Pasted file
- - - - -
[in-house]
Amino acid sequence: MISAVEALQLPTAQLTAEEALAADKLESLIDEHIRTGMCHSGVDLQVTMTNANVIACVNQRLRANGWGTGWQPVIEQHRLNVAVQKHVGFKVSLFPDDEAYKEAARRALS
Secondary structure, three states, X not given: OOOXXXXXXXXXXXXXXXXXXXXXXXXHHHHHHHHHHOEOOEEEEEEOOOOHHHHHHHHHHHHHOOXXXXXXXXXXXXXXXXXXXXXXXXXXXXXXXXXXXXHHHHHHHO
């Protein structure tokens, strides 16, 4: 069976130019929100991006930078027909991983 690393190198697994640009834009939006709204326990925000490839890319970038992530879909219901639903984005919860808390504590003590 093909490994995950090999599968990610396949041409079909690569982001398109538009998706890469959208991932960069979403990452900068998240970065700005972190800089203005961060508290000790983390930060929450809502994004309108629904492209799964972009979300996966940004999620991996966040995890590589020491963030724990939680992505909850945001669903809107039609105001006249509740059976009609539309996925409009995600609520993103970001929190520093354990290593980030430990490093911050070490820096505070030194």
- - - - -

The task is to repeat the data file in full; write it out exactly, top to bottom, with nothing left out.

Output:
[in-house]
Amino acid sequence: MISAVEALQLPTAQLTAEEALAADKLESLIDEHIRTGMCHSGVDLQVTMTNANVIACVNQRLRANGWGTGWQPVIEQHRLNVAVQKHVGFKVSLFPDDEAYKEAARRALS
Secondary structure, three states, X not given: OOOXXXXXXXXXXXXXXXXXXXXXXXXHHHHHHHHHHOEOOEEEEEEOOOOHHHHHHHHHHHHHOOXXXXXXXXXXXXXXXXXXXXXXXXXXXXXXXXXXXXHHHHHHHO
């Protein structure tokens, strides 16, 4: 069976130019929100991006930078027909991983 690393190198697994640009834009939006709204326990925000490839890319970038992530879909219901639903984005919860808390504590003590 093909490994995950090999599968990610396949041409079909690569982001398109538009998706890469959208991932960069979403990452900068998240970065700005972190800089203005961060508290000790983390930060929450809502994004309108629904492209799964972009979300996966940004999620991996966040995890590589020491963030724990939680992505909850945001669903809107039609105001006249509740059976009609539309996925409009995600609520993103970001929190520093354990290593980030430990490093911050070490820096505070030194």